Research Our People

Our People

Our researchers solve biomedical problems and help improve patients’ lives through innovative and translational research.

Research Our Infrastructure

Our Infrastructure

Our sophisticated biomedical research facilities are designed to encourage and enable cutting-edge transformative research.

Research Our Programmes

Our Programmes

Our research programmes have reflected collaboration and productivity. This achievement will be propelled by our flagship Summit Research Programmes. 

NUS Medicine Research
Faculty

Faculty

Fuelling these research programmes is our deep talent base, which is the result of a long-term plan to attract the best and most innovative scientists from around the world. As part of the National University Health System (NUHS) – an academic health centre that includes the National University Hospital – we combine a strong foundation in the basic sciences with the capacity to translate findings to the clinic and beyond.

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Research Programmes

Research Programmes

NUS Medicine fosters collaborative research in various programmes to drive and focus on bench-to-bedside-to-community translation of basic biomedical discoveries. Comprehensive investigations in the following programmes extend from the basic discovery to the development of new approaches towards preventing, diagnosing and treating diseases.

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High Impact Research Stories

High Impact Research Stories

Our researchers solve biomedical problems and help improve patients’ lives through innovative and translational research.

The stories here reflect our sustained and evolving research pursuit; and celebrate the range, depth and the journey that the researchers have undertaken and how it impacts on society, on a national and international level.

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Infrastructure

Infrastructure

Several research facilities have been established to support clinical and translational research. The core facilities also support innovative research at NUS Medicine by providing highly specialised services and staff, and cutting-edge technology.

Biosafety Level 3 Laboratory (BSL-3)
Confocal Microscopy Unit
Electron Microscopy Unit
Flow Cytometry Laboratory
Centre for Translational Research and Diagnostics (CTRAD)
Centre for Health Services and Policy Research (CHSPR)
Medical Engineering and Research Commercialization Initiative (MERCI)
Tissue Repository
Clinical Imaging Research Centre (CIRC)
Clinical Nutrition Research Centre Singapore (CNRC)
Investigational Medicine Unit (IMU) Centre for Personalized and Precision Health (CPPH) Tissue Engineering and Cellular Therapy (TECT)
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Summit Research Programmes

Summit Research Programmes

The Summit Research Programmes (SRPs) bring together established high-caliber investigators to form distinctive collaborative research programmes with high international impact. The SRPs will nurture early-career scientists to produce the next generation of biomedical researchers. The aim is to achieve significant improvements in disease understanding and clinical practice and innovations that will improve health outcomes and lead to societal and economic benefits for Singapore.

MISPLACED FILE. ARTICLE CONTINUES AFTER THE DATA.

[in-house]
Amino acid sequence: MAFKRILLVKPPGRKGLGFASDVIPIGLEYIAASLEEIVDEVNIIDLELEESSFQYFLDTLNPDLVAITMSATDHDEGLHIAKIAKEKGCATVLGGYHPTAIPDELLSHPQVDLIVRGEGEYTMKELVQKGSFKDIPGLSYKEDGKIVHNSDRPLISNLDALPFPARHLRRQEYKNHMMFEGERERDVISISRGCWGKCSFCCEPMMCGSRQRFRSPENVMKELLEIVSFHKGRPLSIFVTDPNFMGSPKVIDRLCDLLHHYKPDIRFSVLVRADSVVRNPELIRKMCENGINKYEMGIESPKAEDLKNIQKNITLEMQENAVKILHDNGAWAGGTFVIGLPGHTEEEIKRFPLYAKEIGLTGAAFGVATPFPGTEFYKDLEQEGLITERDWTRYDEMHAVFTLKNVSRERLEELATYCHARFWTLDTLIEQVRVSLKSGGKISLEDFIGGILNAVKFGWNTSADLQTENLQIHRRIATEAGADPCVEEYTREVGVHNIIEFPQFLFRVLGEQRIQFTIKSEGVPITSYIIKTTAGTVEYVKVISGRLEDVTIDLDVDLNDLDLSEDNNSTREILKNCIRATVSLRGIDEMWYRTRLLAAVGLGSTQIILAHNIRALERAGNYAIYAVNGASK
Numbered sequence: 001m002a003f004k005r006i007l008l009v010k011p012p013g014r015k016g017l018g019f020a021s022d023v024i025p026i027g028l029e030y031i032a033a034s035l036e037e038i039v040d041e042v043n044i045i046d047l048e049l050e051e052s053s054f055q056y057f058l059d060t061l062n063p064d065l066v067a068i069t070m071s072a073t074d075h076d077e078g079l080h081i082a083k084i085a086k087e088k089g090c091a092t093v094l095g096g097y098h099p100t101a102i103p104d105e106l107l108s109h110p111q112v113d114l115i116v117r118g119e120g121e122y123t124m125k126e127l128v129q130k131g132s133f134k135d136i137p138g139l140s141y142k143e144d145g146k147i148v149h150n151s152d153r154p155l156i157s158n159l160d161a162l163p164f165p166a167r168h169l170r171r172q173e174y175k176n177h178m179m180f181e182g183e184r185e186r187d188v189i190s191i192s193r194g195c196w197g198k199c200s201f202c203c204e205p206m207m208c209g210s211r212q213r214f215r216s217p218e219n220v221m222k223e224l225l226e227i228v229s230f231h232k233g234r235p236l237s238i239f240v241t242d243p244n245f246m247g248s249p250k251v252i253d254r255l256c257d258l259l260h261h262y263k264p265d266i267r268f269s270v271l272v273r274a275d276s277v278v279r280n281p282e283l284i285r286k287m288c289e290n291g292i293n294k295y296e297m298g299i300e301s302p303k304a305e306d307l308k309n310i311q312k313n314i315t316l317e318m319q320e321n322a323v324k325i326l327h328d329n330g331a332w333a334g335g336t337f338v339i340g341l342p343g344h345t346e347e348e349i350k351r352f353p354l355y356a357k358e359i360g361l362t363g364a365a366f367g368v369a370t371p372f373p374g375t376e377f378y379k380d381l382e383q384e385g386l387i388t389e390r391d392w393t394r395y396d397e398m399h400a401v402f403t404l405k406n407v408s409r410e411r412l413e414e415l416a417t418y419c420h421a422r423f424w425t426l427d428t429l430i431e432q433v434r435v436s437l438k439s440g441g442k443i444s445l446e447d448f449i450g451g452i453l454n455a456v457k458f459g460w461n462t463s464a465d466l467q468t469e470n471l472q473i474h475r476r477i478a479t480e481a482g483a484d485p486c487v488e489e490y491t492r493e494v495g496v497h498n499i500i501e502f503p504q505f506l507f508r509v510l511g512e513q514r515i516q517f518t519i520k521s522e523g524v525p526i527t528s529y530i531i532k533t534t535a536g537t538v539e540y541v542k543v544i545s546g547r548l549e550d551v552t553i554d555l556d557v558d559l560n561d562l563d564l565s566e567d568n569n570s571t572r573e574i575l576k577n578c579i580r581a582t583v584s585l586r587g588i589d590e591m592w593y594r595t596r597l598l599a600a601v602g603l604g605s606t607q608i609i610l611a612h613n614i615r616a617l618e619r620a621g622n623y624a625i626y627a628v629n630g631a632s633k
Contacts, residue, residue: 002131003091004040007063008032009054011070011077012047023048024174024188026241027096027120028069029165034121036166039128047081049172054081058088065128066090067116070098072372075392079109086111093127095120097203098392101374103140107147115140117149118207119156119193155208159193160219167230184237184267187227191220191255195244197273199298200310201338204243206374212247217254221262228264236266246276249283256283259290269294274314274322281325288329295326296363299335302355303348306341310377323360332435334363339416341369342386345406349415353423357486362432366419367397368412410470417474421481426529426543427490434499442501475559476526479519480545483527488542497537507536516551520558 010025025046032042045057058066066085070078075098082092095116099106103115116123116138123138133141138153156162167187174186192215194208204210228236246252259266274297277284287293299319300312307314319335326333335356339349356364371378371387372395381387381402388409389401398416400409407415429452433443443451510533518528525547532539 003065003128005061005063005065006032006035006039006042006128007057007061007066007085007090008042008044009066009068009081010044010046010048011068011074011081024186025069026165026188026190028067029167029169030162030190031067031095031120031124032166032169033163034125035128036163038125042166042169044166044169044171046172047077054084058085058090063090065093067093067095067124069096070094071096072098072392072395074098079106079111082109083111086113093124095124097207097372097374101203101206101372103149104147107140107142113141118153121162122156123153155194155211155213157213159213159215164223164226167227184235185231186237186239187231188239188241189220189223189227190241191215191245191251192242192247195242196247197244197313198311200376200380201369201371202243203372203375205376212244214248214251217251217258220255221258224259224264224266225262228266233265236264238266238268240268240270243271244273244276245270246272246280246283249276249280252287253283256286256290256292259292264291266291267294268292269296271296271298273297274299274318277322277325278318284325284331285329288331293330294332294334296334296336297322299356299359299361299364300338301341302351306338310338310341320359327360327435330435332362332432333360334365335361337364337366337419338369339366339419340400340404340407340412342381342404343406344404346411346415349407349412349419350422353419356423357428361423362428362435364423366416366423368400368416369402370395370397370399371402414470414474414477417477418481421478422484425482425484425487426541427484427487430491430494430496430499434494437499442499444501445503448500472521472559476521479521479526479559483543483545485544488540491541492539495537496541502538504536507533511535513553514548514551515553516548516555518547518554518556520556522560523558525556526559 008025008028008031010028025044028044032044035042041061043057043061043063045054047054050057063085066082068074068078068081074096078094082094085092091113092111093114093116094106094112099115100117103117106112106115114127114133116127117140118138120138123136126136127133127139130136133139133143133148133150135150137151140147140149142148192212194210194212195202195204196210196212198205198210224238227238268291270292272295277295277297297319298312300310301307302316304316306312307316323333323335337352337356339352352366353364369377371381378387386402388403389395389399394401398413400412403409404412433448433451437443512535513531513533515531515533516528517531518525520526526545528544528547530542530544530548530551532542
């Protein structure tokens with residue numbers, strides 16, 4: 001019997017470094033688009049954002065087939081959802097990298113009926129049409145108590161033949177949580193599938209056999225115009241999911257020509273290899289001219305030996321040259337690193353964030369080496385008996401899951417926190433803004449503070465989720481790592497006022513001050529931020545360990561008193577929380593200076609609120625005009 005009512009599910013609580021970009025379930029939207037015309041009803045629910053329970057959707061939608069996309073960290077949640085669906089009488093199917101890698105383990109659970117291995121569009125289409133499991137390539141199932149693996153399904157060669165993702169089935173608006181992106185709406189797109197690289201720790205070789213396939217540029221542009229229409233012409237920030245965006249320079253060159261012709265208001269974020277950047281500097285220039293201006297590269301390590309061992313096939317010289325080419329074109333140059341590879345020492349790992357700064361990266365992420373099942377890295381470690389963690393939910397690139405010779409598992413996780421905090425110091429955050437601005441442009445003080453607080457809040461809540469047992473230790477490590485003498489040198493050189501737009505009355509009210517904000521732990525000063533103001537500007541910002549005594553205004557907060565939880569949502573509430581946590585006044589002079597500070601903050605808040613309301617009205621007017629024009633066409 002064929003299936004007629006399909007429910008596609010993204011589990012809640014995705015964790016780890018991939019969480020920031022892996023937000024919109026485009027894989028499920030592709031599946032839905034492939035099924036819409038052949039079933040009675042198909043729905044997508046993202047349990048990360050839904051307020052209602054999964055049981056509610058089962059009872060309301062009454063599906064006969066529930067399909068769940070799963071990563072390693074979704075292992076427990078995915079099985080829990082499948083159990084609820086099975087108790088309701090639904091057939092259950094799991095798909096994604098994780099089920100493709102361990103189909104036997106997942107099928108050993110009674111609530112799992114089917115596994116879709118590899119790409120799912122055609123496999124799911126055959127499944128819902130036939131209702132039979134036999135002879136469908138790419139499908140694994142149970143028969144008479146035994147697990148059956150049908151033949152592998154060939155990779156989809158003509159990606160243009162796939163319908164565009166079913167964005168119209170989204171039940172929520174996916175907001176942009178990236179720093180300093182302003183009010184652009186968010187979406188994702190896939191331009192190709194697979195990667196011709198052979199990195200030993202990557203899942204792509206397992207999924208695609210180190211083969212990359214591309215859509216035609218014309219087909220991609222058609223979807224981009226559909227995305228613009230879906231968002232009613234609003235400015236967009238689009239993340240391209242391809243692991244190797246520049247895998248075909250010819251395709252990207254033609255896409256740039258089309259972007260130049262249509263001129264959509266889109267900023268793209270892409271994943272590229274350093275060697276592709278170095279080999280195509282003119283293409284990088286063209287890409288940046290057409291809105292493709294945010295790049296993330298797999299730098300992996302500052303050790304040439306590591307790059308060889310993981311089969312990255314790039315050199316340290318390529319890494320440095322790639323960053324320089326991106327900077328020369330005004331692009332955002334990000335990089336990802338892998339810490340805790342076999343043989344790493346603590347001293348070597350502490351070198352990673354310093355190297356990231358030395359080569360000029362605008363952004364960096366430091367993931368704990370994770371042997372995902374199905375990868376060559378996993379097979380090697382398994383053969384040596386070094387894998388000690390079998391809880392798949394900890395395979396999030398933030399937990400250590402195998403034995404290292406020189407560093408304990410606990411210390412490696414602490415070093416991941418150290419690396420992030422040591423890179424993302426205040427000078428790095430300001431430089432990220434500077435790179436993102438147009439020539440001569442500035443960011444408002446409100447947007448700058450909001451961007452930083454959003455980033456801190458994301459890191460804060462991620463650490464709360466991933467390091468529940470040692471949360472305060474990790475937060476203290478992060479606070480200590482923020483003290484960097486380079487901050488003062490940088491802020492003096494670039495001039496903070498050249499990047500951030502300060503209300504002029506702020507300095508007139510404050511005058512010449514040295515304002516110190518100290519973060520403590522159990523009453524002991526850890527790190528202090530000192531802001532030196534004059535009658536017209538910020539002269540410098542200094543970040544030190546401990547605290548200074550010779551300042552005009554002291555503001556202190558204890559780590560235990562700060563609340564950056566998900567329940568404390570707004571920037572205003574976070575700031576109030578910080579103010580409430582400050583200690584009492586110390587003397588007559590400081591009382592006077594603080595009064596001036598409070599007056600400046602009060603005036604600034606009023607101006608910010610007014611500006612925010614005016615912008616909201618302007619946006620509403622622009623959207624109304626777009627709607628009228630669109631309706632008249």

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Our Stories

Research at NUS Medicine is as varied and vibrant as our researchers. By combining knowledge gleaned from scientific inquiry with strong clinical expertise, we are improving healthcare for patients in Singapore and beyond. These are just a few stories showing the impact of our research.

Running Against Resistance: The SPRINT-TB Research Programme

This passage could have described many people suffering from tuberculosis (TB) up to the 1940s, when the antibiotic streptomycin was discovered. Despite more TB drugs being available today, TB remains a leading cause of death from infection. This is mostly because of the long and inefficient courses of treatment that are hard to administer and difficult for patients to stick to.

New Hybrid Drug Plugs the Hole in Malaria Drug Resistance

A combination of artemisinin and another drug (artemisinin combination therapy, ACT) is currently the best malaria treatment recommended by the World Health Organization. In early 2015, artemisinin-resistant malaria was confirmed in five countries in Southeast Asia: Cambodia, Laos, Myanmar, Thailand, and Vietnam.

New Genetic Test Helps Doctors Adjust Dose of Potentially Toxic Drug in Asian Patients

Agnes (not her real name) is a typical 7-year-old in Primary 1, except for one thing: she has acute lymphoblastic leukaemia (ALL). She is also extremely sensitive to the common ALL drug 6-mercaptopurine (6-MP) and its toxic side effects. Shortly after starting treatment with 6-MP, Agnes’ blood cell levels plunged, making her susceptible to repeated infections.

Finding New Genes Linked to Glaucoma, the Leading Cause of Permanent Blindness

All over the world, glaucoma is a serious disease that can lead to irreversible blindness. In Singapore, it causes 60% of adult blindness in the Chinese population. Now, several large collaborations anchored by NUS Medicine researchers are helping to figure out the genes involved in this potentially devastating disease.

Nuclear DNA Gets Cut and Activates Immune System to Attack Cancer Cells

The conventional wisdom about cancer cells is that they are masters of camouflage, invisible to the immune system.